You’ve written a book you’re nervously in love with. Now what? Contrary to every neophyte urge in your authorial body, you are not to immediately send your work out to every publishing house you know. Sorry! Instead, you’re in for an age of reviewing. Yaaaaay . . .
So, what is a manuscript assessment and how is it different from a beta read? Let’s get into it.
At some point in your writing career, you will ask yourself the question, “Should I say that?” Whether it’s how you’re characterizing a person or the image you’re trying to strike for a company, you’ll wonder if it’s a good idea to publish the potentially offensive material. After all, you are responsible for what you publish. If you’re putting out something unflattering, you open yourself up for libel. But not everything we write needs to be flattering, does it? Sometimes you want to showcase the negatives! Sometimes you want to showcase the negatives! So what can you do to prevent libel in your writing?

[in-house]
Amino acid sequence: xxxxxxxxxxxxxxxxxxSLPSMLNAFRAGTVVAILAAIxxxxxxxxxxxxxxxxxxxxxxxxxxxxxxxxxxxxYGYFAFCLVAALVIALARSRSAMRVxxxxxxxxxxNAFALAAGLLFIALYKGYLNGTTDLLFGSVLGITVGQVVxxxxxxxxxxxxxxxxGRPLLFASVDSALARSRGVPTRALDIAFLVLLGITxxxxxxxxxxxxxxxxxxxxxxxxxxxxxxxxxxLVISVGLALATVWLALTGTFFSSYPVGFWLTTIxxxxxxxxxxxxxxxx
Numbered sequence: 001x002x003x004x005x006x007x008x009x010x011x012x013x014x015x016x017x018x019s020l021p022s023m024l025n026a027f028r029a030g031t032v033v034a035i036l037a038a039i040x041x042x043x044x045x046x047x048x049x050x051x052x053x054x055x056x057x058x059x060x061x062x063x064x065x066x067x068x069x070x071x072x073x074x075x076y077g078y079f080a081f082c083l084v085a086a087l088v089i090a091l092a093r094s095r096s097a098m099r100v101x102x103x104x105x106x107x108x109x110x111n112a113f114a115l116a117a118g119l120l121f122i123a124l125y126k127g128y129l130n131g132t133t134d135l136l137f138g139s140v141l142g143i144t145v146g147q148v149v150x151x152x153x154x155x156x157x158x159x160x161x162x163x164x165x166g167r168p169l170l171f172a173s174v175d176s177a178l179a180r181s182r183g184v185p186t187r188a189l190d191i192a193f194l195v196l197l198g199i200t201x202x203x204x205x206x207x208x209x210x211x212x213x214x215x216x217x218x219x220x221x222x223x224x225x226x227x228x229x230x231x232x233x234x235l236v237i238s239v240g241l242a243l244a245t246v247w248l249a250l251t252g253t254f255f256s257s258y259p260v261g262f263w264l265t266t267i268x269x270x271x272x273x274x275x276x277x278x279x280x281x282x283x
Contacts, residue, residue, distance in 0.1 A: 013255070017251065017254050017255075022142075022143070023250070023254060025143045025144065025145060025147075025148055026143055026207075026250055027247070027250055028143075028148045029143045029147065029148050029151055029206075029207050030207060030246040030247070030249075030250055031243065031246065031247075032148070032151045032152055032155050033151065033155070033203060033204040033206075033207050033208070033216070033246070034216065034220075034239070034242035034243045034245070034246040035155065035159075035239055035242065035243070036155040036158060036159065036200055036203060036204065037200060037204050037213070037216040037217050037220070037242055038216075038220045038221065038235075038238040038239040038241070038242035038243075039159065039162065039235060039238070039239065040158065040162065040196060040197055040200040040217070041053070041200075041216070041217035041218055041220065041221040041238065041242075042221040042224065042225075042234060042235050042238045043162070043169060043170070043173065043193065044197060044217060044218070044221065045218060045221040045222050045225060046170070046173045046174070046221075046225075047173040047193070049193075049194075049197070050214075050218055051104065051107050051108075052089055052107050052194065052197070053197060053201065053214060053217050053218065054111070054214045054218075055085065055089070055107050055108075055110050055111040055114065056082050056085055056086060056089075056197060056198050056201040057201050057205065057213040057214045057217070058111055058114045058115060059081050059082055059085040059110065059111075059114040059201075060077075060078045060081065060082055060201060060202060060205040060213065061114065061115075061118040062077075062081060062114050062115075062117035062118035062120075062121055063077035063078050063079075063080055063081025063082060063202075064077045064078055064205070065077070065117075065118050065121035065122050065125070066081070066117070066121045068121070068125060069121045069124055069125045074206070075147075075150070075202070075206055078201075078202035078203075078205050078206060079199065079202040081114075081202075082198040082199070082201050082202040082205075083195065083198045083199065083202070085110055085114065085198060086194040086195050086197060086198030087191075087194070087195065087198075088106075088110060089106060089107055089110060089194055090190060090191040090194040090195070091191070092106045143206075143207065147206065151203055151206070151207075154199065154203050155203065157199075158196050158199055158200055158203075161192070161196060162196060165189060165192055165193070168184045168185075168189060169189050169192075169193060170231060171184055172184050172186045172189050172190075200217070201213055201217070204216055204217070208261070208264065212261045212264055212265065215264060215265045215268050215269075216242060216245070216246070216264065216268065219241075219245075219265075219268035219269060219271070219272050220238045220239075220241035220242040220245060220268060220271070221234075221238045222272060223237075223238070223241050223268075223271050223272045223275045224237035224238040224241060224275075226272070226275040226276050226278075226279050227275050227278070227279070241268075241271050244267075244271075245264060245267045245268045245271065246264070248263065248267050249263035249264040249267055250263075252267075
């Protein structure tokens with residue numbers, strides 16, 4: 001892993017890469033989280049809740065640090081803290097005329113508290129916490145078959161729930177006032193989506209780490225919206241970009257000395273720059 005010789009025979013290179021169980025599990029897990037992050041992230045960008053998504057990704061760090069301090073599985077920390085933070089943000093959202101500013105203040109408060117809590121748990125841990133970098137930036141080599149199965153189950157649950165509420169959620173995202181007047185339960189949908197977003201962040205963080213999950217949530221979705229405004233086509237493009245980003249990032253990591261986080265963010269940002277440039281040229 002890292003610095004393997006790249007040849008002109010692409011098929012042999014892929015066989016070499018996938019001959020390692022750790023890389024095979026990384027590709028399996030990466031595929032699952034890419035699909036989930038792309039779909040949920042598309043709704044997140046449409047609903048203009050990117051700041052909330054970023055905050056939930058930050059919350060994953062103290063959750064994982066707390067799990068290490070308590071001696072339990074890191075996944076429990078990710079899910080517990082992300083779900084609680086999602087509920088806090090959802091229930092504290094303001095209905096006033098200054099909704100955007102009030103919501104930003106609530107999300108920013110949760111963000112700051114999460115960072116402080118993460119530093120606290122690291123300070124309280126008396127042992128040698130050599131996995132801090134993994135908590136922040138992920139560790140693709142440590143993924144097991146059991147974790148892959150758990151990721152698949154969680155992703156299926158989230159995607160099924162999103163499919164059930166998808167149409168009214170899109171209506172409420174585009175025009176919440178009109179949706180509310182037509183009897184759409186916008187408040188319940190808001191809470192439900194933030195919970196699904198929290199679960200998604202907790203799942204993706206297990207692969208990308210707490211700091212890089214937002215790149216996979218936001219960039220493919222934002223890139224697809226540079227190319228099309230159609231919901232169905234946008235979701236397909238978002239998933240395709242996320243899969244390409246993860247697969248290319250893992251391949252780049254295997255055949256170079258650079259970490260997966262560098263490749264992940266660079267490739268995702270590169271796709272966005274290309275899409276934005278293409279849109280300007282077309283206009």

In publishing, when your book gets presented to the editorial team as a real candidate for selling, your story will be reduced to a single page of to-the-point information known as the title information sheet. This piece of paper is the marketing pitch for your book, and contains important printing details the publisher will need to know for pricing reasons (among other things). So what goes into a title information sheet?
Style guides are used by publishing companies to help them define the rules of language they’ll follow for their publications. While authors may not need intimate knowledge of one, understanding the purpose of each and maybe even learning a couple of rules to improve consistency in your writing is a great idea. Figuring out what style guide to use is pretty simple, and we’ll overview what factors you should consider in this article.
An under-used tool amongst writers, the style sheet is the go-to reference for editors. Why? Simply put: A style sheet helps you maintain consistency, keep track of important dates and characters, and even reminds you whether you preferred the Oxford comma or not (you heathen).